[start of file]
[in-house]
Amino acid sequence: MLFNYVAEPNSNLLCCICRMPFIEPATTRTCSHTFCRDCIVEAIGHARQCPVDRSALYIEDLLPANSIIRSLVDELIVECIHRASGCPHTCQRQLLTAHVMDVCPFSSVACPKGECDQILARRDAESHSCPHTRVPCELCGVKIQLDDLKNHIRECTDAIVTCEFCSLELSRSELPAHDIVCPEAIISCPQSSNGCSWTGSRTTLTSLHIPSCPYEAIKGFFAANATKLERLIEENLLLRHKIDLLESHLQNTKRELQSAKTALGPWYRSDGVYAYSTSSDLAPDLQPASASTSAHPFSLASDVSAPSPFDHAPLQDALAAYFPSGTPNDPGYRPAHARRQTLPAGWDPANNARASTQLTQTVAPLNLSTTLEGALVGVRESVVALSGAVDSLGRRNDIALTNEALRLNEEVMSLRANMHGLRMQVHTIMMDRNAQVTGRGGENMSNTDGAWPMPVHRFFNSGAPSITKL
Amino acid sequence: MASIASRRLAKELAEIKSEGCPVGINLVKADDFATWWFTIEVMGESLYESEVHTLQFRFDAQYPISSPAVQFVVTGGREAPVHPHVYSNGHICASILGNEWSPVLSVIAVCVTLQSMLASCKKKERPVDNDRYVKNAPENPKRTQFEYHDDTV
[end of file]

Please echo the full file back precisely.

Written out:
[in-house]
Amino acid sequence: MLFNYVAEPNSNLLCCICRMPFIEPATTRTCSHTFCRDCIVEAIGHARQCPVDRSALYIEDLLPANSIIRSLVDELIVECIHRASGCPHTCQRQLLTAHVMDVCPFSSVACPKGECDQILARRDAESHSCPHTRVPCELCGVKIQLDDLKNHIRECTDAIVTCEFCSLELSRSELPAHDIVCPEAIISCPQSSNGCSWTGSRTTLTSLHIPSCPYEAIKGFFAANATKLERLIEENLLLRHKIDLLESHLQNTKRELQSAKTALGPWYRSDGVYAYSTSSDLAPDLQPASASTSAHPFSLASDVSAPSPFDHAPLQDALAAYFPSGTPNDPGYRPAHARRQTLPAGWDPANNARASTQLTQTVAPLNLSTTLEGALVGVRESVVALSGAVDSLGRRNDIALTNEALRLNEEVMSLRANMHGLRMQVHTIMMDRNAQVTGRGGENMSNTDGAWPMPVHRFFNSGAPSITKL
Amino acid sequence: MASIASRRLAKELAEIKSEGCPVGINLVKADDFATWWFTIEVMGESLYESEVHTLQFRFDAQYPISSPAVQFVVTGGREAPVHPHVYSNGHICASILGNEWSPVLSVIAVCVTLQSMLASCKKKERPVDNDRYVKNAPENPKRTQFEYHDDTV